Negligence, Street railway.
It is no evidence of negligence on the part of the conductor of a street railway box car that he gave the signal to start the car when a woman sixty-five years of age in normal physical condition, who had boarded the car as a passenger, was on the floor of the rear vestibule of the car and was about to enter the body of the car, the floor of which was "one step higher" than the floor of the vestibule.
TORT for personal injuries sustained on February 28, 1912, at about noon, when the plaintiff had boarded as a passenger a street railway box car of the defendant at the Church Street stopping place of the defendant in Boston, and alleged to have been caused by negligence of the servants of the defendant in starting the car suddenly before the plaintiff had had time to enter the body of the car from its rear vestibule. Writ dated August 12, 1912.
In the Superior Court the case was tried before Fox, J. At the close of the plaintiff's evidence, which is described in the opinion, the defendant asked the judge to order a verdict for it "on the ground that the testimony disclosed no negligence of the defendant or its servants or agents." The judge refused to do this, "and submitted the case to the jury under instructions which were to the effect that it was for the jury to say whether or not the defendant's servants or agents in charge of the car were negligent. The defendant conceded that the plaintiff was a passenger and in the exercise of due care." "The plaintiff was sixty-five years old at the time of the accident and testified in her own behalf at the trial. She testified that before the accident she was well and not suffering from any illness or disability."
The jury returned a verdict for the plaintiff in the sum of $900; and the defendant alleged exceptions.
F. W. Fosdick, for the defendant.
H. H. Winslow, (H. J. Winslow with him,) for the plaintiff.
DE COURCY, J. The only question in controversy is whether the trial judge should have ruled as matter of law that the conductor was not negligent as to the time of starting the car, instead of leaving that issue to the jury as a question of fact.
These are the facts. At about noon on February 28, 1912, a car of the defendant, bound from the Park Street subway to Arlington Heights, came to a stop at Church Street to discharge and receive passengers. The plaintiff's married daughter and the latter's little boy boarded the rear vestibule and entered the car. The plaintiff followed as far as the vestibule, with a suit case, but was delayed from getting into the body of the car by an intervening woman passenger. Leaving her suit case in the vestibule, the plaintiff started to enter the car, the floor of which was "one step higher than the floor of the rear platform," but before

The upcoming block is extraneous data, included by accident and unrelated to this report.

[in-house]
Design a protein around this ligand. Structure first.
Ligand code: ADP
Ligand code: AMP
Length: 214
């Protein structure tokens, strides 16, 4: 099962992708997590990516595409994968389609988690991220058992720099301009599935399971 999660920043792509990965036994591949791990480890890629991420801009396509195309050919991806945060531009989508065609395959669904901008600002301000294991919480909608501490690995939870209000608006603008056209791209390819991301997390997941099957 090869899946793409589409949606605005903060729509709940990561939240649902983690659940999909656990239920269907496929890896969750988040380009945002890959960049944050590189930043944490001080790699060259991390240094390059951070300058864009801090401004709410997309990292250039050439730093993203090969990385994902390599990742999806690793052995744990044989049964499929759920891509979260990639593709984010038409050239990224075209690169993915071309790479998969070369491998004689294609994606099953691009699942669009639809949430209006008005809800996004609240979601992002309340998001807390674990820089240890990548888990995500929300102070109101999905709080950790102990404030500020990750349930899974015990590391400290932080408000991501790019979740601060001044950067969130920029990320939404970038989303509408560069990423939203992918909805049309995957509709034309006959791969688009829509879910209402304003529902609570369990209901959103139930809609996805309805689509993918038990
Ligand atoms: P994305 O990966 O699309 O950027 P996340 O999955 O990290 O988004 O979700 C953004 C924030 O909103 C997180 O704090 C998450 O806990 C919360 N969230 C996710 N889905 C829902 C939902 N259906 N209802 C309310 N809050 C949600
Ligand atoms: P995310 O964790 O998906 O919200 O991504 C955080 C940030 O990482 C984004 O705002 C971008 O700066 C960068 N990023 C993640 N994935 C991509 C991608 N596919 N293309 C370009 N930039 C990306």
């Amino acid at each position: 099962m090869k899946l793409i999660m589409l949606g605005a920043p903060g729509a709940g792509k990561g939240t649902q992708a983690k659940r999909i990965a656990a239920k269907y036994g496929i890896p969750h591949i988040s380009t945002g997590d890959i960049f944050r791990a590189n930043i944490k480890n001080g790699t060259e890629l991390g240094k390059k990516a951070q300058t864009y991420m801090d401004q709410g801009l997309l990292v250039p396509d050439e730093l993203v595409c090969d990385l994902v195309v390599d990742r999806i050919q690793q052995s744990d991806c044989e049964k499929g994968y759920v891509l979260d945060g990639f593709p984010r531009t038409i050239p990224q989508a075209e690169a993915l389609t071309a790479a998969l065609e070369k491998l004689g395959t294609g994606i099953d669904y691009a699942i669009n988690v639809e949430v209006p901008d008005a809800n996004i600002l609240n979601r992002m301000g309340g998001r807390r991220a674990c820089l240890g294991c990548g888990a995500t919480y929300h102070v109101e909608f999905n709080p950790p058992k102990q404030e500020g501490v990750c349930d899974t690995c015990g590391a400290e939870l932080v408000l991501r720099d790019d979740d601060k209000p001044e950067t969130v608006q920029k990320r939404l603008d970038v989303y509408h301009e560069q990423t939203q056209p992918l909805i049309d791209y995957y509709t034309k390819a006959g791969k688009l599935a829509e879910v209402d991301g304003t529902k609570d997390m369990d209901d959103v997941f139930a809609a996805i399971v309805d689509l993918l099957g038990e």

she had time to enter the doorway or to get hold of anything the car started suddenly, and she fell back into the rear part of the vestibule. On the rear platform at the time were two bundles described as "Italian's Packs," the plaintiff's suit case, and that of Mrs. Gay which the conductor had placed there, but it does not appear that these in any way contributed to the accident.
It is settled law in this Commonwealth that under ordinary circumstances it is not negligence for a conductor to give the starting signal after the passenger is fully and fairly on the car. Sauvan v. Citizens' Electric Street Railway, 197 Mass. 176 . In reaching that conclusion the court recognized not only the imperative demand by the public for rapid transportation, but the fact known from experience, that ordinarily it is not necessary for the safety of a passenger in normal physical condition that the car should be delayed until he is seated. The testimony of the plaintiff here shows that at the time of the accident she was well and not suffering from any illness or disability. The only ground on which it is sought to distinguish the case at bar from the Sauvan case is that this plaintiff was sixty-five years old. Whether the duty of exercising special care was imposed upon the conductor is dependent however not on the mere fact of her advanced age, but on the existence of apparent physical impairment on the part of the passenger, such as would make the ordinary starting of the car dangerous for her. Feebleness does not necessarily accompany the age of sixty-five years, and here we are not left to inference in order to determine what was the plaintiff's condition. It seems clear from her own testimony and from the evidence as to her movements that the case comes within the rule as established by our decisions. Flanagan v. Boston Elevated Railway, ante, 337. [Note p363-1] The court should have directed a verdict as requested; and under St. 1909, c. 236, judgment must be entered for the defendant.
[Note p363-1] The cases of Flanagan and Martin were decided on the same day, but the Flanagan case came first in the order of reporting because it was argued one week earlier.